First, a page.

It is a long held belief of mine that time spent on hobbies isn’t wasted. What you do as a hobby informs what you do at work, and what you do at work informs your hobbies. Professionally, I do cybersecurity at a Federally Funded Research and Development Center. My hobbies include highways and live theatre. Today over lunch I kept thinking about this cross-fertilization in relation to the debate raging over Bitter Lemon’s decision to solicit payment from theatres for reviews, which was recently highlighted in the LA Times, and has been excoriated across the board (from the LA Weekly (Steven Leigh Morris) to Howard Sherman (former head of the Theatre Wing) to ACTA to many others). I’ve even discussed it here.
Let me give you an example of this flow. As I noted, one of my hobbies is highways. A number of years ago, I took a day off and went to a Caltrans presentation on making safer highways. The goal was to reduce traffic deaths — reduce the number of times a CHP officer has to go to a door and say, “I’m sorry to inform you…”. They talked about a program from Minnesota DOT called “Toward Zero Death“: a program with the goal of reducing fatalities on the highways to zero. They realized they couldn’t just engineer safer highways, and as a result emphasized the Four “E”s: Education, Enforcement, Emergency Services, Engineering. Each contributed a piece. I heard that and went “Wow! That works perfectly for cybersecurity.” I ordered it differently: Engineering, Education, Enforcement, and Emergency Planning. Engineering means building mechanisms in your systems to provide cybersecurity and protection; Education is educating your users on how to use those mechanisms and how not to do boneheaded things; Enforcement is having policies and making sure they are followed; and Emergency Planning is what is also called Resiliency: making sure your system doesn’t die, but can continue to support the mission in a degraded mode while being repaired. The point here is that my hobby informed my work.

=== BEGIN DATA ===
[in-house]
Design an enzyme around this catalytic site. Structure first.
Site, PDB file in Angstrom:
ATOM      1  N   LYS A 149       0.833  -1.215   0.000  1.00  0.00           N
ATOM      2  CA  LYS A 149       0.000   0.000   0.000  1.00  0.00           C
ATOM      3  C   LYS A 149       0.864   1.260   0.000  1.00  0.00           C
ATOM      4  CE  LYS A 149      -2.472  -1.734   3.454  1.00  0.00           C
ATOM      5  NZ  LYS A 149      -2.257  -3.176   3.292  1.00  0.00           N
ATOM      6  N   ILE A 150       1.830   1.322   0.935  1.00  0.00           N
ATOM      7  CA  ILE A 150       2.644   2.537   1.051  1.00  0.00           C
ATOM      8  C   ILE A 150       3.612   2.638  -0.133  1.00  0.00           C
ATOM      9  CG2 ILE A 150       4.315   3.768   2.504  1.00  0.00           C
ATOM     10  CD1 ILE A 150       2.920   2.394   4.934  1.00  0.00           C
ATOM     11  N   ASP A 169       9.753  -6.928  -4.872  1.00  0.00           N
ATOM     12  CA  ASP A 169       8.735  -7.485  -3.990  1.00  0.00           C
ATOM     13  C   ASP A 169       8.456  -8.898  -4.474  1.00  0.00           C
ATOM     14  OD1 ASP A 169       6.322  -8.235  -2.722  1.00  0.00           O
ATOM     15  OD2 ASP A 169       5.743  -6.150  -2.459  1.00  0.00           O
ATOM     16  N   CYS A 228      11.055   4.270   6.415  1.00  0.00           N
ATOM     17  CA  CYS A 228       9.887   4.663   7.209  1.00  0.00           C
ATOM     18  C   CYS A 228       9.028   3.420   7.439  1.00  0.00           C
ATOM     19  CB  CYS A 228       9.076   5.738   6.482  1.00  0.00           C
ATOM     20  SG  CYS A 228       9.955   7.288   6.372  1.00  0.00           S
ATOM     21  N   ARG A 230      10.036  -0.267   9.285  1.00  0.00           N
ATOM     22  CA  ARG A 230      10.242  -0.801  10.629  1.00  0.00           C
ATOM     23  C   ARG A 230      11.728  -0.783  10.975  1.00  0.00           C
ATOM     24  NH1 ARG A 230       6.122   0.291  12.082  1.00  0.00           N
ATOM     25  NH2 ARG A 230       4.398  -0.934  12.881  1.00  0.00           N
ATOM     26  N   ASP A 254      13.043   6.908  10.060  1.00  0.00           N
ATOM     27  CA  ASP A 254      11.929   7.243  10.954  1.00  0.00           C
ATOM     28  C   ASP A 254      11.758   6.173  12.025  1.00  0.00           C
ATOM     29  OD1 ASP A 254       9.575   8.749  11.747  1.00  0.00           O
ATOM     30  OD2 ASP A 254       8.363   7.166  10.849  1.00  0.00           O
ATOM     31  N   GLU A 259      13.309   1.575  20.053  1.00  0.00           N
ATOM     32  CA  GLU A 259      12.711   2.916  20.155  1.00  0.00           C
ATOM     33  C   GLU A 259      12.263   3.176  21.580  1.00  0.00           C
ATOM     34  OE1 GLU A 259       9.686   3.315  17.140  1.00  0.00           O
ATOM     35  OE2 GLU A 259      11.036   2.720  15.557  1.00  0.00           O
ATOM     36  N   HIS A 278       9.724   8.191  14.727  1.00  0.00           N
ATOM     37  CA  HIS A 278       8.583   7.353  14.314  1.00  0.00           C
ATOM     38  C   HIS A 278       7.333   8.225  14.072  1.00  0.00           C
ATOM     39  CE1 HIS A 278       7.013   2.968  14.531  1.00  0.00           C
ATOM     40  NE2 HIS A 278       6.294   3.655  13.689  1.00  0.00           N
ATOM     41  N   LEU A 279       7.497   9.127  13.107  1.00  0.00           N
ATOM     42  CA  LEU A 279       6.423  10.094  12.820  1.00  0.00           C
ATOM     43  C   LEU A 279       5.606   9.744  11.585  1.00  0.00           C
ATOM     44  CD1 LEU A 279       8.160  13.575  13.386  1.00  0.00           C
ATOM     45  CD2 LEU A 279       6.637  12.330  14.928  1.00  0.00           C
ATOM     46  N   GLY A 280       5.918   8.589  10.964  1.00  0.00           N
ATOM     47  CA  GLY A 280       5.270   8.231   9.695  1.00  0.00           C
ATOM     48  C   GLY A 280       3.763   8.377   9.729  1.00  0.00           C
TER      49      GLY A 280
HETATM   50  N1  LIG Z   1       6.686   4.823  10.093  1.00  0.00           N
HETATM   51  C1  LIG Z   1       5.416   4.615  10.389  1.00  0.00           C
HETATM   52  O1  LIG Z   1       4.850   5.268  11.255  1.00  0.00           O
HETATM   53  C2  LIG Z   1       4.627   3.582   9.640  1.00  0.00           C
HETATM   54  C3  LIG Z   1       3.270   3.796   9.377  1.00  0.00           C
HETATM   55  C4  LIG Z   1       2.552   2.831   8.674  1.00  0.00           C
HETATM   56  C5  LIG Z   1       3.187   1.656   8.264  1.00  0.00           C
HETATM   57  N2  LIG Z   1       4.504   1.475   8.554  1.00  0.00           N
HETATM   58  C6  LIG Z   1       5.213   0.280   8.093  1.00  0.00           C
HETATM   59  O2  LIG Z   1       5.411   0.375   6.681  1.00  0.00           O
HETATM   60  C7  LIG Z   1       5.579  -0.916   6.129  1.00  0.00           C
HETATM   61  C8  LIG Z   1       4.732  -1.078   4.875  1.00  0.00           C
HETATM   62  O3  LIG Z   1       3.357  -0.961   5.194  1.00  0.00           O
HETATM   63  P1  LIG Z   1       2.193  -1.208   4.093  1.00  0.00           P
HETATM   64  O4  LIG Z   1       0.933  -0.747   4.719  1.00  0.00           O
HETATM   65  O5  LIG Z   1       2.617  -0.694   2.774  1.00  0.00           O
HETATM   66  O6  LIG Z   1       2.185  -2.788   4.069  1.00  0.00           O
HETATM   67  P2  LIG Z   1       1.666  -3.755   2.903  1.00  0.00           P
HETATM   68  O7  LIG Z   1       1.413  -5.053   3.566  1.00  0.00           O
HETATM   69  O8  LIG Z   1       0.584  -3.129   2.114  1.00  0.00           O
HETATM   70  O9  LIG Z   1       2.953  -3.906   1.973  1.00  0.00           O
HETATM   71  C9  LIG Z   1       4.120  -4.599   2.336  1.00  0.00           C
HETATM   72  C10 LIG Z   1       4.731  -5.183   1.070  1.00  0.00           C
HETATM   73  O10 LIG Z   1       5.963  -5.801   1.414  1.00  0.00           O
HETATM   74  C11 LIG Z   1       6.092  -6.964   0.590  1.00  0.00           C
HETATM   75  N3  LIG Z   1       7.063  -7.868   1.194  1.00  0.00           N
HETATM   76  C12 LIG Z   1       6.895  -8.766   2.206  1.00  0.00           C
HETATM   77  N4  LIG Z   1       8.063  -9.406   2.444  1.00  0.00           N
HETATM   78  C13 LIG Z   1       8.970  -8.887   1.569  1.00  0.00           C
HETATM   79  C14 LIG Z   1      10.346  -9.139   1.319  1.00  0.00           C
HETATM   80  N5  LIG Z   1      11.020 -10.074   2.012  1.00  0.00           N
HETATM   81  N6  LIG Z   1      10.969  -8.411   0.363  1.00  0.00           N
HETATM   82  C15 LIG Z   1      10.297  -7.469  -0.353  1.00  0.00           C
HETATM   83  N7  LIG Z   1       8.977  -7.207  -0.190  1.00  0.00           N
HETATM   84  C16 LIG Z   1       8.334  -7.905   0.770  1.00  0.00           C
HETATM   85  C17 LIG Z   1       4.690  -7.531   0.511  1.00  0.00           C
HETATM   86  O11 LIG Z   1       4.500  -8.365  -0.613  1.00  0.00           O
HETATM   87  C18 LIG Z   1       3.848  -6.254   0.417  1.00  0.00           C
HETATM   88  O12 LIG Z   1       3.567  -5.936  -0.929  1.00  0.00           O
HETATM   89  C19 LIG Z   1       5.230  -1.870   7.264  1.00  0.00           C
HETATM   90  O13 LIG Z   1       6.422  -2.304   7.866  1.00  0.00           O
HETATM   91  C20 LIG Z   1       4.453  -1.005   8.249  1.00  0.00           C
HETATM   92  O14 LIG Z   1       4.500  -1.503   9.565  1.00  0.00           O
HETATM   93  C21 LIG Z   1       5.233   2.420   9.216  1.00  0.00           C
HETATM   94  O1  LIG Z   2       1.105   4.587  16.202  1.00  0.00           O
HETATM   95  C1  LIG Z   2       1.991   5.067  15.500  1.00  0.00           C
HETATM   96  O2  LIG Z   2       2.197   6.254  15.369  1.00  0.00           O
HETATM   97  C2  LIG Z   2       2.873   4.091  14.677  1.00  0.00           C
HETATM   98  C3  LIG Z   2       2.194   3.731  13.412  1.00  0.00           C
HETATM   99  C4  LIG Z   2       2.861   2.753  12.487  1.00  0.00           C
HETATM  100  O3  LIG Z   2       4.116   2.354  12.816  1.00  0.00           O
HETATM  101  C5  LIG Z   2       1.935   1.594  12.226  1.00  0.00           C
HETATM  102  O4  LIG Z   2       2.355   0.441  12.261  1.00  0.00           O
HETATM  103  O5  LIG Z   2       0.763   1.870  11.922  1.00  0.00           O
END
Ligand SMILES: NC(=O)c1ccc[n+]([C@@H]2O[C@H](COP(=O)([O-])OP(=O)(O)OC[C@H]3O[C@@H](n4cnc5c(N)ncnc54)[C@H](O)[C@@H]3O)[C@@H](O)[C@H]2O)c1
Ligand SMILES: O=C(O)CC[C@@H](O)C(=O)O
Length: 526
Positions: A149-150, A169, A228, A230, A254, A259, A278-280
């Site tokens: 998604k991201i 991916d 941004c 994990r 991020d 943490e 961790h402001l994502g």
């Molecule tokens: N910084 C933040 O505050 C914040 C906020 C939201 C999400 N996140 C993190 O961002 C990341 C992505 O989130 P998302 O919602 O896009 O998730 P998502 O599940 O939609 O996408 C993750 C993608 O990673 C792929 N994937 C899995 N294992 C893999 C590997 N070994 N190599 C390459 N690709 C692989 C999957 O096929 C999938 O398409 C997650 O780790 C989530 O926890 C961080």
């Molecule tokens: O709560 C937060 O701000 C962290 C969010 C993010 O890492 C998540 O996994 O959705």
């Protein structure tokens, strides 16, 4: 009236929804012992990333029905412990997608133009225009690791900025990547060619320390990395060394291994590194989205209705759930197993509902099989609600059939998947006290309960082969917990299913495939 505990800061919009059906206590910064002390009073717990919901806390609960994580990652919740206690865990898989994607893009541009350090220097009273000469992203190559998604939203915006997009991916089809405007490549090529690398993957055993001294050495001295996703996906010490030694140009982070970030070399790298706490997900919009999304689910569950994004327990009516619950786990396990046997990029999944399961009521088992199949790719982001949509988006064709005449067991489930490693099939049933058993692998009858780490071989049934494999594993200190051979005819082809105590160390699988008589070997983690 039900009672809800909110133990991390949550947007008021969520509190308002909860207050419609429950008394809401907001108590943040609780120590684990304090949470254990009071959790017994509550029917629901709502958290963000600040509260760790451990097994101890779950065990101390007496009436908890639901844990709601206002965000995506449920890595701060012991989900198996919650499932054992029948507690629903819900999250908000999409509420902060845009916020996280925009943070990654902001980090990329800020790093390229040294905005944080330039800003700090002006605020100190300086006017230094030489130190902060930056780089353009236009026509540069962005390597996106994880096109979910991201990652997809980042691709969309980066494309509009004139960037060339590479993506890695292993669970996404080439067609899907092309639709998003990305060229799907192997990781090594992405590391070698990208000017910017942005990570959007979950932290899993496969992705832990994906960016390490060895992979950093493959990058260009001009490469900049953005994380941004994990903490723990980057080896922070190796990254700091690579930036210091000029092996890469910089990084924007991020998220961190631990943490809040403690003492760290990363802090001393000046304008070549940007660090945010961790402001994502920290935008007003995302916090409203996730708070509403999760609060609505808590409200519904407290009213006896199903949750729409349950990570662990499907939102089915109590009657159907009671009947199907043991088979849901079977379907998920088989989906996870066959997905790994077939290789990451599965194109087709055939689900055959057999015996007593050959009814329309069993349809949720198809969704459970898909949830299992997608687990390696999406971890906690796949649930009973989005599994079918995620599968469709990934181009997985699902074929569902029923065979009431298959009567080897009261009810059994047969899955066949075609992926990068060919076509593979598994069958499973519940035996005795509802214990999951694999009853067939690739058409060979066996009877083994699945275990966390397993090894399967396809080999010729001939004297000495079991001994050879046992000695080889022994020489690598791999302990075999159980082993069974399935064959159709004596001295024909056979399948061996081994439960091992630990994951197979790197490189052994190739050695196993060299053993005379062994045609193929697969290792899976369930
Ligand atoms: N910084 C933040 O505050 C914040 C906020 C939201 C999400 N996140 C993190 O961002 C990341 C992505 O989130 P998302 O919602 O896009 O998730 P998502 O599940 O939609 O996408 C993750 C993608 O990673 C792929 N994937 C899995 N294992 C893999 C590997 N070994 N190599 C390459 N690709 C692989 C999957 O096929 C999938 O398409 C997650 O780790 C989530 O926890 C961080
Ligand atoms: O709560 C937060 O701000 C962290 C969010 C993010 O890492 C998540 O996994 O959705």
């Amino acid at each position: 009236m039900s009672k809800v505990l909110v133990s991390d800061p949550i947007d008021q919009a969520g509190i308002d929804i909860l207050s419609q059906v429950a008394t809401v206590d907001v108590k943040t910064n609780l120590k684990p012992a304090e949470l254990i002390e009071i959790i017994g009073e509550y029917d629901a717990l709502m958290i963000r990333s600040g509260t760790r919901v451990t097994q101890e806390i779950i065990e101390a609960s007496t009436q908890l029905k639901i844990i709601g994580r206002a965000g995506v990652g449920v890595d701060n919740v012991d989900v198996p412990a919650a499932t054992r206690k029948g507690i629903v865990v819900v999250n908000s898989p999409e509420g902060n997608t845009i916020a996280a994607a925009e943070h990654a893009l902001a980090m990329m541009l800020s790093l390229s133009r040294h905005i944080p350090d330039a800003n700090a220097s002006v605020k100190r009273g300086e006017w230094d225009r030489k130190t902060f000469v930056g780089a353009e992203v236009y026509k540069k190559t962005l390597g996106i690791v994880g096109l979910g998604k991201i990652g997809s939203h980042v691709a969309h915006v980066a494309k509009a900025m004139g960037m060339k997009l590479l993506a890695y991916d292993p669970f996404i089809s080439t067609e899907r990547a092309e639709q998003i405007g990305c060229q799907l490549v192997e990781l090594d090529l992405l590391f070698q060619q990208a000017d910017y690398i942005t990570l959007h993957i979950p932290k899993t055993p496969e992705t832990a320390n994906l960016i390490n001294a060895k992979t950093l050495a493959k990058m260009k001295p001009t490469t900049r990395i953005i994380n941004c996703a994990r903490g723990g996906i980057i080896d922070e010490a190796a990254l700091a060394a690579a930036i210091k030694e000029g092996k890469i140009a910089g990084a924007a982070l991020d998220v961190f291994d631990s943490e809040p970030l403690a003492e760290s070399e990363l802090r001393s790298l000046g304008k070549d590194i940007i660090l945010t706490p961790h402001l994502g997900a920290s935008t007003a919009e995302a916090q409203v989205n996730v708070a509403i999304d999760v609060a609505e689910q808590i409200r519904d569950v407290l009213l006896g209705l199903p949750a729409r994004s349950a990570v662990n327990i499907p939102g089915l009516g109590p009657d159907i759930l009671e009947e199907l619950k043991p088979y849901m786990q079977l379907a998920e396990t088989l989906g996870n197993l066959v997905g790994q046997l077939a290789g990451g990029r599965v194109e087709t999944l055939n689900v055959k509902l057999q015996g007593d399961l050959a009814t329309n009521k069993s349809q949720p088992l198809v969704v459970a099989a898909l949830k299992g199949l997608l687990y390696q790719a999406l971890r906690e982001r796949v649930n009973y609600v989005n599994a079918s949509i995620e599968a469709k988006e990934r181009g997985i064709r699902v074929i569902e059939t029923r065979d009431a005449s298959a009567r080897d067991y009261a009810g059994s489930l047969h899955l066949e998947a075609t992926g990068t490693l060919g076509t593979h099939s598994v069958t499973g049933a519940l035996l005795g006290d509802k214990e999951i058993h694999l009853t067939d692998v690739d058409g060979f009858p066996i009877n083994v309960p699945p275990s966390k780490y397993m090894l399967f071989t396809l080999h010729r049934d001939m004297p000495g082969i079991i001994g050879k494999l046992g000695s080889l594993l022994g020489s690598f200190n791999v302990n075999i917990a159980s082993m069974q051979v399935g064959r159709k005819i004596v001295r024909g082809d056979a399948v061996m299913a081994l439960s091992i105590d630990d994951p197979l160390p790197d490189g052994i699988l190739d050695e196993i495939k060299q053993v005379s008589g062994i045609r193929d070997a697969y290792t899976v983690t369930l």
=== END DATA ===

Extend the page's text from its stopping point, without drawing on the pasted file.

It works the other way around as well. As I wrote earlier, I work for an FFRDC. We provide the government with an independent voice to ensure success of the mission. We are trusted to protect proprietary information, have the highest ethics, and to focus on independently assessing solutions — and not hesitating to tell the vendor when they are wrong, or the government when they are wrong. Note carefully what I just said: even though we are government funded (the FF in FFRDC), we have the ability to tell the government when they are wrong. This is achieved through our strong focus on ethics, our commitment as a corporation to those ethics, an immediate response when an ethics violation is discovered (as in, that person does not work for us anymore and may face penalties, depending on the violation).
Our company is depended upon to conduct independent assessments on behalf of the government, including things like penetration testing. When you look at areas like cybersecurity assurance, having that independent assessor is a must. Similarly, when you look at theatrical reviews and criticism, that independent assessment is a must. The independence of the reviewer is at the heart of the Bitter Lemons debate.